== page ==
Soap Nuts as a natural laundry soap, also have the added benefits of being natural fabric softeners with Soap Nut forest Nepalantistatic properties thus eliminating the need for commercial fabric softeners and dryer sheets and thereby reducing the toxic fumes and VOCs emitted from household dryers.

Soap Nuts can also be used for bathing, as a shampoo, and to make a non toxic household cleaners. 

Soap Nuts, when used as a laundry soap, for bathing, as a shampoo or cleaner are not only good for your health and kind to your skin, they are kind to the environment too. They do not pollute the soil, rivers, lakes, oceans or the air you breathe.

Soap Nuts. A natural, healthy way to stay clean.

  

Disclaimer: This article is not intended to provide medical advice, diagnosis or treatment. Views expressed here do not necessarily reflect those of GreenMedInfo or its staff.

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Saponins: To be avoided in significant quantities in food



I don't have a better suggestion for things explained here other than trying soap nuts in foods but I want to inform a problem with eating soap nuts or anything high in saponins.

Pseudo-grains and legumes are high in saponins, saponins are both water and fat soluble and they make cells porous by interacting with cholesterol in their membranes. These cells include enterocytes so we can say it increases intestinal permeability in sufficient quantities and qualities such as in pseudo-grains and legumes. When enough saponins enter the blood stream it results with destruction of cell membranes of red blood cells also and since saponins also have adjuvant activity they can contribute to inflammation by increasing pro-inflammatory cytokine production and they can increase chances of autoimmunity since they add to the immune response to proteins leaking from the gut with this adjuvant activity. Nightshades'(tobacco, tomatoes, potatoes, gooseberries/groundcherries, wolfberry/goji, eggplant, peppers except black/white pepper, chilies, tomatillo, bladder cherries,...) saponins also inhibit acetyl cholinesterase enzyme which is needed for nerve impulse conduction.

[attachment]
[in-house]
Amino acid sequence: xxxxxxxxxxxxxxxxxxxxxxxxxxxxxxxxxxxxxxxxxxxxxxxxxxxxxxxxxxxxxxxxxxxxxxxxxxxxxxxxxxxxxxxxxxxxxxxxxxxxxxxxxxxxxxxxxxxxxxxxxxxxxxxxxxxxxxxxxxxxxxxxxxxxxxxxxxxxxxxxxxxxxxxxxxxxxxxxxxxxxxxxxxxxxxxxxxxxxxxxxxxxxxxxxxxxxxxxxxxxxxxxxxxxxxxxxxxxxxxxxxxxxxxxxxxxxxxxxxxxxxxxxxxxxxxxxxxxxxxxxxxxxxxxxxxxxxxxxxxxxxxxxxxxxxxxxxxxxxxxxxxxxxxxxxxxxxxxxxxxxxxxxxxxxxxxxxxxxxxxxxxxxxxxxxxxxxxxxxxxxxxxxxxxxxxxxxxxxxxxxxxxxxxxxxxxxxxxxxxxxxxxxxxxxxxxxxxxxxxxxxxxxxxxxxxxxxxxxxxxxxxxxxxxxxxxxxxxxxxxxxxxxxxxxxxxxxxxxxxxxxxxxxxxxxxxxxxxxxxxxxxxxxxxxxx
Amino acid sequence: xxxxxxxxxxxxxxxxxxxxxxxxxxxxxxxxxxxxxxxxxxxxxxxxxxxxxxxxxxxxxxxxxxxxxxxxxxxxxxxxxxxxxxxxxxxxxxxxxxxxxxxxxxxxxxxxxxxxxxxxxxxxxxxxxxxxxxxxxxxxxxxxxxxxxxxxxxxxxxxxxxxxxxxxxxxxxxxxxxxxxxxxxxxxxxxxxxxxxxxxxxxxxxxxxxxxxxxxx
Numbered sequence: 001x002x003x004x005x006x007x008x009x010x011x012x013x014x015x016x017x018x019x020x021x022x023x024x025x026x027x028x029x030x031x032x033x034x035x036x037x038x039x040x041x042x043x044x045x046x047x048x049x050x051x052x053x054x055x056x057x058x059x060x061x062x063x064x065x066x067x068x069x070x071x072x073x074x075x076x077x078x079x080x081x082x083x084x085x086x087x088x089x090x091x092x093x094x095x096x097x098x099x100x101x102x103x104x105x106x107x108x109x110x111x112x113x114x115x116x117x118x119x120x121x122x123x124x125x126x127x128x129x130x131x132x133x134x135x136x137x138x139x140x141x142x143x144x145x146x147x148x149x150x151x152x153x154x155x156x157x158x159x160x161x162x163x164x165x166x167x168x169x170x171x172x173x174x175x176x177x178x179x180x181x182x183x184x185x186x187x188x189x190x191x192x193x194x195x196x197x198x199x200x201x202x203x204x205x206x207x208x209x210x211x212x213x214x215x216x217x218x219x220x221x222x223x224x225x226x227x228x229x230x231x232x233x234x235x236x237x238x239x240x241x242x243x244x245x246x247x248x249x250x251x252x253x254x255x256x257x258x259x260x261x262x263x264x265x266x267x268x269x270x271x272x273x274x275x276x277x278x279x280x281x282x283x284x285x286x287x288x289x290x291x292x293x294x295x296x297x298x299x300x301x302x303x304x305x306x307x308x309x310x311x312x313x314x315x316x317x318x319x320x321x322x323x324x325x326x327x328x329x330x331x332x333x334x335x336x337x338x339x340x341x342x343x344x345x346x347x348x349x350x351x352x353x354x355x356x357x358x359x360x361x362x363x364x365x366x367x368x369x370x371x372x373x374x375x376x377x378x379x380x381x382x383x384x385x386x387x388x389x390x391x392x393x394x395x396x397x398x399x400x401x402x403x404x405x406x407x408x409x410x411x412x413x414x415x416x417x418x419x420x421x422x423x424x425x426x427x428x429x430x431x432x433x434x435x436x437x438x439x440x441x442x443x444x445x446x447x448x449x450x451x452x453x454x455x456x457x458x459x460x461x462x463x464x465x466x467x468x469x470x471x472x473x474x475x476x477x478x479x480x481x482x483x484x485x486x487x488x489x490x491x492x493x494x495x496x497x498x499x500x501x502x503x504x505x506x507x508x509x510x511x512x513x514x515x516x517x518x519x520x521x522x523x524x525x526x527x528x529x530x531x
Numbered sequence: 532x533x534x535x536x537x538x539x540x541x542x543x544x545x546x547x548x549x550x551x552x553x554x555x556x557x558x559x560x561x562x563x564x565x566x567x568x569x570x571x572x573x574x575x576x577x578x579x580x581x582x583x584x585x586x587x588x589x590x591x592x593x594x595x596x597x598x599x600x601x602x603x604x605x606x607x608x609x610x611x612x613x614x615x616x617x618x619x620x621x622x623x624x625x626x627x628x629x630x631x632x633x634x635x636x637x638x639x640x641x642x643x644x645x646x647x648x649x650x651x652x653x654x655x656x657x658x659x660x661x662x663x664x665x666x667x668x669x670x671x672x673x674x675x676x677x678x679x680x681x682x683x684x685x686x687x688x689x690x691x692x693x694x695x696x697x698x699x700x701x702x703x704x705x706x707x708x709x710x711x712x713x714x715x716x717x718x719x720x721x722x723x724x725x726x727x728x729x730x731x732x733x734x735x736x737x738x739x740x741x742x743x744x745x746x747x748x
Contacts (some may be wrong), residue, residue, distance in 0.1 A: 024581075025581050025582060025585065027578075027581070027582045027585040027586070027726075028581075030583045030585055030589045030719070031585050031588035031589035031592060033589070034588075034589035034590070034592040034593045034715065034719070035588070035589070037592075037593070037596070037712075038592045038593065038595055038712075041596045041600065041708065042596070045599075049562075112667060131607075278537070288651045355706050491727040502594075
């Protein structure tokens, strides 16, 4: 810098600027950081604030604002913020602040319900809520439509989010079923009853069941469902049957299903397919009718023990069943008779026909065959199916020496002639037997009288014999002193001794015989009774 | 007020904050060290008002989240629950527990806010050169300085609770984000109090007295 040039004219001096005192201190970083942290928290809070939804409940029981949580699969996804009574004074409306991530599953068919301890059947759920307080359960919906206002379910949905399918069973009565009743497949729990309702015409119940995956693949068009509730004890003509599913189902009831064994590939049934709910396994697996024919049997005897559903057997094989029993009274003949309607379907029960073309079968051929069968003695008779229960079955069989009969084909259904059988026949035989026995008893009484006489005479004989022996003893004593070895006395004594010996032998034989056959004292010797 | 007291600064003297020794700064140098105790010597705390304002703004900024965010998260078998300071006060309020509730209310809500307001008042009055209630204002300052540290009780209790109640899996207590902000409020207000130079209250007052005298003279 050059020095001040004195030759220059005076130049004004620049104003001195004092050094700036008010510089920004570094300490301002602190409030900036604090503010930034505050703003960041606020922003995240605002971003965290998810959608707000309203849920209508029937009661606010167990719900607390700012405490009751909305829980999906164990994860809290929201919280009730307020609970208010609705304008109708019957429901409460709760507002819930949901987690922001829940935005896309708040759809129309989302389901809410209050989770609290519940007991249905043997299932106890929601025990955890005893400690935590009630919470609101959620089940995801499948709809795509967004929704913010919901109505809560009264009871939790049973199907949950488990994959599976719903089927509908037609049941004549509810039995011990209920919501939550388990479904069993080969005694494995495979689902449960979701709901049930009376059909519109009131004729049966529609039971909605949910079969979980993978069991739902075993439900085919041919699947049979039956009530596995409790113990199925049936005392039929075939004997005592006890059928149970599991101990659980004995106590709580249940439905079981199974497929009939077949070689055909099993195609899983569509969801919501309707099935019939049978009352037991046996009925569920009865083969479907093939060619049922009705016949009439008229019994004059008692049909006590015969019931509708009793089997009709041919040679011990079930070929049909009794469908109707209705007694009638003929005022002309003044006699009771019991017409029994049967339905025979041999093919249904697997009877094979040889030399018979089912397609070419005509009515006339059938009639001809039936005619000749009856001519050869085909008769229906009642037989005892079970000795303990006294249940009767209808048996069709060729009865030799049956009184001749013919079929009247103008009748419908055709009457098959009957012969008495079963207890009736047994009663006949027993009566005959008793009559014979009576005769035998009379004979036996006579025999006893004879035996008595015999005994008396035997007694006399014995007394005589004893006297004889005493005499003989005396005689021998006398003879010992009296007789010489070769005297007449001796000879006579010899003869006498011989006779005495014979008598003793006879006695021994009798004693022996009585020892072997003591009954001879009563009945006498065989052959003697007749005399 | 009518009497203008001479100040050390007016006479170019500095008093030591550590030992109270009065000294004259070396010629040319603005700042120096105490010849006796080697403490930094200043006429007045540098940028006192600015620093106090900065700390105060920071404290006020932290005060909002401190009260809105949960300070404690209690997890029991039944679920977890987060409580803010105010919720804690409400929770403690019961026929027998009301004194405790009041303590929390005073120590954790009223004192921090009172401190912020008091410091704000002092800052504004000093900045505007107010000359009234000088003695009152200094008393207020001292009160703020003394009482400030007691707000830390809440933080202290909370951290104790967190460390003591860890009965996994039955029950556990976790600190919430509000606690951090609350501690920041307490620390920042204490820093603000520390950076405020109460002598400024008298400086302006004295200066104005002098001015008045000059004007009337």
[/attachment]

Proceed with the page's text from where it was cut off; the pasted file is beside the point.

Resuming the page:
I know there are other problems with those foods, these are about the saponins in them and soapnuts probably contain much more saponins than any of those foods.

Very insightful



Thank you Mehmet for your insightful comments.

I agree.

Caution should be exercised in the consumption of Soap Nuts.  Exactly because of the high concentration of saponins in Soap Berries.

Their highest and best use is as a cleaning agent. 

Even in Chinese medicine they are only recommended as a tonic. They are not recommended for daily consumption.

Thank you.

Kind Regards

Ken

 

 

 

Toxins



While it is important that we find alternatives to the toxic substances in our laundry and personal care products - is it really right to remove all blame from care givers who leave toxic substances within reach of a child?

Addendum: I was going to delete the comment after reading more about the story. It seems the mother had the pods in a basket of laundry, set it down to get something and in the short time it took her to leave, the child had swallowed on pod and was about to swallow another.

No parent can be everywhere at the same time. This tells me that the only way that babies can be protected from these toxic substances would be for the parent to have the child out of the home while cleaning and that is not a realistic solution for most parents.

You are so right!



Hi Lucy
 
I can't agree with you more. "No parent can be everywhere at the same time."
 
And that's why it's important to choose what you bring into your home carefully.
 
Thank you.
 
Kind Regards
Ken

Thank you



My pleasure Marc.

I'm glad you found it useful.

Kind Regards

Ken

 

 

Gratitude



Thank-you for the informative article Ken.

With articles like this greenmed members are in good hands to transition from toxic to natural lifestyles.